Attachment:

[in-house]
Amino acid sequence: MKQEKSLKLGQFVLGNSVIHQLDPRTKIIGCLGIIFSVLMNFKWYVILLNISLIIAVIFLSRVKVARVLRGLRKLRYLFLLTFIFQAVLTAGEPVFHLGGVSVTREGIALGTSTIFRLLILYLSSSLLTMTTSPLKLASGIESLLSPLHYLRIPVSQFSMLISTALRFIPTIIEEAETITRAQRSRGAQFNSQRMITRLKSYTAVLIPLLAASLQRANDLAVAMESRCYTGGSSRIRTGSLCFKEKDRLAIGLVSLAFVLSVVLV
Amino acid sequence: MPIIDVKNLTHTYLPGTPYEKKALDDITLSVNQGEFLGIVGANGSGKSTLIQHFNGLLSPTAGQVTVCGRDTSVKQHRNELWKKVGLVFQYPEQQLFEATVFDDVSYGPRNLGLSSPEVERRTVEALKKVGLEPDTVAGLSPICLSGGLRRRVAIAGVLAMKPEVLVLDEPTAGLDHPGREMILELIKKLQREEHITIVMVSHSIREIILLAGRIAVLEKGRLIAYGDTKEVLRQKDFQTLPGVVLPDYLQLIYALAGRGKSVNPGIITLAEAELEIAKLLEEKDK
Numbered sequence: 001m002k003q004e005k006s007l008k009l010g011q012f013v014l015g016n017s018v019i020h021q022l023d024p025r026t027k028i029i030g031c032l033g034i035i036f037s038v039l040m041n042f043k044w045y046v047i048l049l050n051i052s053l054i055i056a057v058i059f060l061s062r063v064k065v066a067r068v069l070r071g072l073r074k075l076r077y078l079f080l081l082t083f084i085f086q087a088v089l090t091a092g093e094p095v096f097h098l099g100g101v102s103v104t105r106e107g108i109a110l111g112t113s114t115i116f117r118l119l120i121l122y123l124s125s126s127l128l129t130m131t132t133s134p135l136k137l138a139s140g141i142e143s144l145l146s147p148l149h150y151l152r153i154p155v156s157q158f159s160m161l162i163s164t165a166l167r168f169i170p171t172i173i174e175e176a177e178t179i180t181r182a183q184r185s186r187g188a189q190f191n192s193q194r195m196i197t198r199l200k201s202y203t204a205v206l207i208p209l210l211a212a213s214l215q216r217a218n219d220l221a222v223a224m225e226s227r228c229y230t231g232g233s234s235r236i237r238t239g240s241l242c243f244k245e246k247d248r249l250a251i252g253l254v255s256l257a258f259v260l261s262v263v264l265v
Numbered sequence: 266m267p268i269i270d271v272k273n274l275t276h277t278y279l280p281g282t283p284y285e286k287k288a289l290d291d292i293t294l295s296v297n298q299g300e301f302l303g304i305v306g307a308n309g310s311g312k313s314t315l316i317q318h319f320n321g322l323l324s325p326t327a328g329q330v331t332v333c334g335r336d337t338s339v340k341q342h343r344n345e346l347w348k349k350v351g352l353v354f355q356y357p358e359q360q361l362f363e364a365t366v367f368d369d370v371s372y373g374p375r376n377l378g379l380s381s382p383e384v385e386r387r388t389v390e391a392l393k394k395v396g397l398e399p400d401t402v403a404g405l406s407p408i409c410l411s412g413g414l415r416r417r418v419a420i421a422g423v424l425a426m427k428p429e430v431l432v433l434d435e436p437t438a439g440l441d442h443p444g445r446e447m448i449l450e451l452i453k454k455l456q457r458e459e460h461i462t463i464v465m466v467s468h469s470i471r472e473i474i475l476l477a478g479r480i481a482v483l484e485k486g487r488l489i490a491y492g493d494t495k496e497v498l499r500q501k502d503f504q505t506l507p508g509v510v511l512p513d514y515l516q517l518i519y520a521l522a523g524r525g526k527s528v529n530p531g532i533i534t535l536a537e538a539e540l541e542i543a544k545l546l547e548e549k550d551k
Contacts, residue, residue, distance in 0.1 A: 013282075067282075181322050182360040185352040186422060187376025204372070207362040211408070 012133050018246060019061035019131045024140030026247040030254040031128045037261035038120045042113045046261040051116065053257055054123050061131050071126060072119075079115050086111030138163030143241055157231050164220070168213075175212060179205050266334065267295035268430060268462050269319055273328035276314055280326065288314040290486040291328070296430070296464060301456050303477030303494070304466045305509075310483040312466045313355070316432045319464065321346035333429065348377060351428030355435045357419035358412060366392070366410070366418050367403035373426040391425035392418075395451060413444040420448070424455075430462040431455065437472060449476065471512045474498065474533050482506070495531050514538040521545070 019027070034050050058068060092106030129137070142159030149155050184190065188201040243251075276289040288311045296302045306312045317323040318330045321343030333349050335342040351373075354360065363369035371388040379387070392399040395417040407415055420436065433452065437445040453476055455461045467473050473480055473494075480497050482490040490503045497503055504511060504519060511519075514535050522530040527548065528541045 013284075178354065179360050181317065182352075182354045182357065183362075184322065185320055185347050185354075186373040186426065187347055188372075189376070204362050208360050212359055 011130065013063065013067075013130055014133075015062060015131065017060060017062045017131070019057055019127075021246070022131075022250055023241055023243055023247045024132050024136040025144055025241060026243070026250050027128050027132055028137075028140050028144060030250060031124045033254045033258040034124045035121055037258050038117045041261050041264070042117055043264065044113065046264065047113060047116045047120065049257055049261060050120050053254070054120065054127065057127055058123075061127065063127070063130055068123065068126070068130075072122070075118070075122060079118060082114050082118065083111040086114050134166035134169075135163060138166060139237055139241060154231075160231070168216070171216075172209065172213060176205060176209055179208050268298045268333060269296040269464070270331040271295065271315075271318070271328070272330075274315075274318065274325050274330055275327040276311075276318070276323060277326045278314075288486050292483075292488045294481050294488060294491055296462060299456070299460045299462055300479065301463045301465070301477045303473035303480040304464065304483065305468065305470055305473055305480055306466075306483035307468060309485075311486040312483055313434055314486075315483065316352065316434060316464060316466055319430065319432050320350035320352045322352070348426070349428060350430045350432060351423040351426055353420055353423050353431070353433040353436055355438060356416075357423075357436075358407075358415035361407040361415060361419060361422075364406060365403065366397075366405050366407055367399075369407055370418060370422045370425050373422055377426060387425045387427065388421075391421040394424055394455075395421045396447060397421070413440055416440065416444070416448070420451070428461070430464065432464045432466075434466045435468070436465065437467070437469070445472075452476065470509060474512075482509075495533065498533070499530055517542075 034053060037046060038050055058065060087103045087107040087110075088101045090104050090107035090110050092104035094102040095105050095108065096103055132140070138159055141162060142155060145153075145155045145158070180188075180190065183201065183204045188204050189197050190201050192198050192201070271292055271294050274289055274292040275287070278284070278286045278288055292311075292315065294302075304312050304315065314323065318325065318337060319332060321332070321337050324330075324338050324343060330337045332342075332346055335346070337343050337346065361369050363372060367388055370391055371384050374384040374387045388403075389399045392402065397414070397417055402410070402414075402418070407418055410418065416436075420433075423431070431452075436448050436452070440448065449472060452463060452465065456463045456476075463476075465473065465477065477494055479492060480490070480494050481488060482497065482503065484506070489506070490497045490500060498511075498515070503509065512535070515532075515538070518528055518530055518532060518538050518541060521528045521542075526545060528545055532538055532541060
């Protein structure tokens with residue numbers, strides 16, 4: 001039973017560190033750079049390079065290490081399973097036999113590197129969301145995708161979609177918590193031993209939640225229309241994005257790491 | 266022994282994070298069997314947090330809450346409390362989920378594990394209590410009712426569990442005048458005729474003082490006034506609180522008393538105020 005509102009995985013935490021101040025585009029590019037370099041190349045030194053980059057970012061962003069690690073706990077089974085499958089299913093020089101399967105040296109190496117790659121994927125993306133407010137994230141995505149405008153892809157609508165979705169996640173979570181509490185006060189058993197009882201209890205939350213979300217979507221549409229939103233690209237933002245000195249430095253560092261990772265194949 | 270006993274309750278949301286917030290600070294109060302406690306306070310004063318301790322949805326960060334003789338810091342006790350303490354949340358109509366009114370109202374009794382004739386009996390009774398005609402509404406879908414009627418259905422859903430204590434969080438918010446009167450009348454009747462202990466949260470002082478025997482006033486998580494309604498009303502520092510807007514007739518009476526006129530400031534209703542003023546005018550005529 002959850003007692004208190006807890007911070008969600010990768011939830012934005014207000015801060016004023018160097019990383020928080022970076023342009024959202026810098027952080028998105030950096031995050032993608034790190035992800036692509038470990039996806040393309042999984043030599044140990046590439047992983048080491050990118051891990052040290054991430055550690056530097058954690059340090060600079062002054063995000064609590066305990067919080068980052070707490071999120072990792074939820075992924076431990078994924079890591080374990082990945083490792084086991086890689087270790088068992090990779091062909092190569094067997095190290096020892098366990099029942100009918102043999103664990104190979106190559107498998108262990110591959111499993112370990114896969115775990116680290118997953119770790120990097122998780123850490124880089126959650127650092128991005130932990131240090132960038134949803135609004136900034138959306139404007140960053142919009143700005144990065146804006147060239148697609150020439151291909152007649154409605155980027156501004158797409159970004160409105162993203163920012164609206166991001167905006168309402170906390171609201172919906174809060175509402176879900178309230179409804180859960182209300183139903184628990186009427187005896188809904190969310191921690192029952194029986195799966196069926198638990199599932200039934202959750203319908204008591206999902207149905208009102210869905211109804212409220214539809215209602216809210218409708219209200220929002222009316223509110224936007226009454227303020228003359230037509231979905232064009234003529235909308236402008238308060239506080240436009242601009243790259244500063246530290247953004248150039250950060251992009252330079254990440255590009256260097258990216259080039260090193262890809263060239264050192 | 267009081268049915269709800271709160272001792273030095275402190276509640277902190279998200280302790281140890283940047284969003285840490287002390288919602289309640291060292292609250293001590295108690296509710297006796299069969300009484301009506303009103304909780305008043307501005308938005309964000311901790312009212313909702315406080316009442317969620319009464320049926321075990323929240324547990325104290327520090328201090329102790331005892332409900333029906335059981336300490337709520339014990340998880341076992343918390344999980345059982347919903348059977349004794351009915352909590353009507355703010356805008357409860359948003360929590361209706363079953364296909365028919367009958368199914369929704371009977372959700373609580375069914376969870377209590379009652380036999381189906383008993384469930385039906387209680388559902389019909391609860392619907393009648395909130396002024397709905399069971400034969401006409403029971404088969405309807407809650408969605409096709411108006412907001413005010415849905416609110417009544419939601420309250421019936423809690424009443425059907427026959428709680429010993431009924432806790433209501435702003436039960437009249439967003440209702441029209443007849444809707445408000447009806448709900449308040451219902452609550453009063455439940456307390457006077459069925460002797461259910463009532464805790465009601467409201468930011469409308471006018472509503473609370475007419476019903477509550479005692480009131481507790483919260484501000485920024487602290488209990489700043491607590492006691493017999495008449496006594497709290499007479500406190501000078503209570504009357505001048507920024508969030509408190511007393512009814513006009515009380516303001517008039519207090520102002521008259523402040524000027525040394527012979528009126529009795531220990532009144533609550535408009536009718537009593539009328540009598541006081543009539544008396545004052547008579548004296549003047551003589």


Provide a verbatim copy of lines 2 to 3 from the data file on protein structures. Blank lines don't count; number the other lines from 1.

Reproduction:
Amino acid sequence: MKQEKSLKLGQFVLGNSVIHQLDPRTKIIGCLGIIFSVLMNFKWYVILLNISLIIAVIFLSRVKVARVLRGLRKLRYLFLLTFIFQAVLTAGEPVFHLGGVSVTREGIALGTSTIFRLLILYLSSSLLTMTTSPLKLASGIESLLSPLHYLRIPVSQFSMLISTALRFIPTIIEEAETITRAQRSRGAQFNSQRMITRLKSYTAVLIPLLAASLQRANDLAVAMESRCYTGGSSRIRTGSLCFKEKDRLAIGLVSLAFVLSVVLV
Amino acid sequence: MPIIDVKNLTHTYLPGTPYEKKALDDITLSVNQGEFLGIVGANGSGKSTLIQHFNGLLSPTAGQVTVCGRDTSVKQHRNELWKKVGLVFQYPEQQLFEATVFDDVSYGPRNLGLSSPEVERRTVEALKKVGLEPDTVAGLSPICLSGGLRRRVAIAGVLAMKPEVLVLDEPTAGLDHPGREMILELIKKLQREEHITIVMVSHSIREIILLAGRIAVLEKGRLIAYGDTKEVLRQKDFQTLPGVVLPDYLQLIYALAGRGKSVNPGIITLAEAELEIAKLLEEKDK